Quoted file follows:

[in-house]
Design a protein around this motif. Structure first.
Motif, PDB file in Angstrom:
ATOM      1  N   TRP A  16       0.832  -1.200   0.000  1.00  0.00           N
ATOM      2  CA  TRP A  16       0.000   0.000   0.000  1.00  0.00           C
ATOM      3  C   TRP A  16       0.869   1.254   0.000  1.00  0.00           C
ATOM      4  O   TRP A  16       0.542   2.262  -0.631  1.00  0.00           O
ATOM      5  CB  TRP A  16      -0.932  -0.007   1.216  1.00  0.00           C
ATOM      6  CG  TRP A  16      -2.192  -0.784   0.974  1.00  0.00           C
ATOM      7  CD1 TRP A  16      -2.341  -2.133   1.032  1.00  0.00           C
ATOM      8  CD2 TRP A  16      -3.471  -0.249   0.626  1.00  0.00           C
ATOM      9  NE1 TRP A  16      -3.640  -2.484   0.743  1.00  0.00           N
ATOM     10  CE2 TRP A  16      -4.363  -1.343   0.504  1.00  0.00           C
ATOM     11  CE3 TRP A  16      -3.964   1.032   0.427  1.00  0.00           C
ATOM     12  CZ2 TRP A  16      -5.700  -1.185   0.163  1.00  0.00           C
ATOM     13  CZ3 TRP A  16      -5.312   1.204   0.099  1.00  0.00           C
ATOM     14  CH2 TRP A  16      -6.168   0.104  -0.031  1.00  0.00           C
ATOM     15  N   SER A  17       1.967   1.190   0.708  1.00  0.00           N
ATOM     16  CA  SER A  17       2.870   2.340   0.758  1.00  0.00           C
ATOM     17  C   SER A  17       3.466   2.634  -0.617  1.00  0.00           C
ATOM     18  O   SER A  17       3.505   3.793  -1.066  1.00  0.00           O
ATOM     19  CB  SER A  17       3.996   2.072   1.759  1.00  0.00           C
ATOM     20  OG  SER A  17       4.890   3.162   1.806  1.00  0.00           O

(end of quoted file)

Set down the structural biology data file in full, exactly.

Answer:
[in-house]
Design a protein around this motif. Structure first.
Motif, PDB file in Angstrom:
ATOM      1  N   TRP A  16       0.832  -1.200   0.000  1.00  0.00           N
ATOM      2  CA  TRP A  16       0.000   0.000   0.000  1.00  0.00           C
ATOM      3  C   TRP A  16       0.869   1.254   0.000  1.00  0.00           C
ATOM      4  O   TRP A  16       0.542   2.262  -0.631  1.00  0.00           O
ATOM      5  CB  TRP A  16      -0.932  -0.007   1.216  1.00  0.00           C
ATOM      6  CG  TRP A  16      -2.192  -0.784   0.974  1.00  0.00           C
ATOM      7  CD1 TRP A  16      -2.341  -2.133   1.032  1.00  0.00           C
ATOM      8  CD2 TRP A  16      -3.471  -0.249   0.626  1.00  0.00           C
ATOM      9  NE1 TRP A  16      -3.640  -2.484   0.743  1.00  0.00           N
ATOM     10  CE2 TRP A  16      -4.363  -1.343   0.504  1.00  0.00           C
ATOM     11  CE3 TRP A  16      -3.964   1.032   0.427  1.00  0.00           C
ATOM     12  CZ2 TRP A  16      -5.700  -1.185   0.163  1.00  0.00           C
ATOM     13  CZ3 TRP A  16      -5.312   1.204   0.099  1.00  0.00           C
ATOM     14  CH2 TRP A  16      -6.168   0.104  -0.031  1.00  0.00           C
ATOM     15  N   SER A  17       1.967   1.190   0.708  1.00  0.00           N
ATOM     16  CA  SER A  17       2.870   2.340   0.758  1.00  0.00           C
ATOM     17  C   SER A  17       3.466   2.634  -0.617  1.00  0.00           C
ATOM     18  O   SER A  17       3.505   3.793  -1.066  1.00  0.00           O
ATOM     19  CB  SER A  17       3.996   2.072   1.759  1.00  0.00           C
ATOM     20  OG  SER A  17       4.890   3.162   1.806  1.00  0.00           O